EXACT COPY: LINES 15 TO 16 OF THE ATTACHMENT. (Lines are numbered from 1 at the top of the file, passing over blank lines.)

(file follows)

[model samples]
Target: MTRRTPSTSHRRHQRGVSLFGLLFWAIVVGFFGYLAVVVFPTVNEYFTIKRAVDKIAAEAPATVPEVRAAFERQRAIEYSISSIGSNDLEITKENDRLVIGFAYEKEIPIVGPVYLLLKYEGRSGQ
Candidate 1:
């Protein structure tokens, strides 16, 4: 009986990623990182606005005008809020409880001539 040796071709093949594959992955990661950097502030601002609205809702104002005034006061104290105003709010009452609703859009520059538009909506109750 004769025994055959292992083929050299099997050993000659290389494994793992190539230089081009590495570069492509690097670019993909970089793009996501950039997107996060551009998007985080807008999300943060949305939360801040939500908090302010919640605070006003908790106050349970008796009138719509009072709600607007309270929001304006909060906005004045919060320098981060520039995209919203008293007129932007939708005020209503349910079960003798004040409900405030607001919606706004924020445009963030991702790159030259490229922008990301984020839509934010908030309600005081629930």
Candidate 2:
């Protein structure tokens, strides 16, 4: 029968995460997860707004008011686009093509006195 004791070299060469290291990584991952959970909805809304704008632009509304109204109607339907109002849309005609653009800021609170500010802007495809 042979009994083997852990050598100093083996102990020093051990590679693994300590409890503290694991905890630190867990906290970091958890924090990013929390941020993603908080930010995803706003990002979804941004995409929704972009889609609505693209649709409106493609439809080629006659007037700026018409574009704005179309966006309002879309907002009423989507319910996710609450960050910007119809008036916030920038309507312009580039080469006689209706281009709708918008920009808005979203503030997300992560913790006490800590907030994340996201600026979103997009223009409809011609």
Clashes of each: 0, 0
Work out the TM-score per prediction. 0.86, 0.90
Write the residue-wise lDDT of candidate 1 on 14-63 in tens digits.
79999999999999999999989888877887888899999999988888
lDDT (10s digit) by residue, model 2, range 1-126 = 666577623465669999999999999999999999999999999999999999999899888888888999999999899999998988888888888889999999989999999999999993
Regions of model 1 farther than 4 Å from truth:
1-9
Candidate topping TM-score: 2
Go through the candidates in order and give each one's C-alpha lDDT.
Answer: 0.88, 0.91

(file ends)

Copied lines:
Go through the candidates in order and give each one's C-alpha lDDT.
Answer: 0.88, 0.91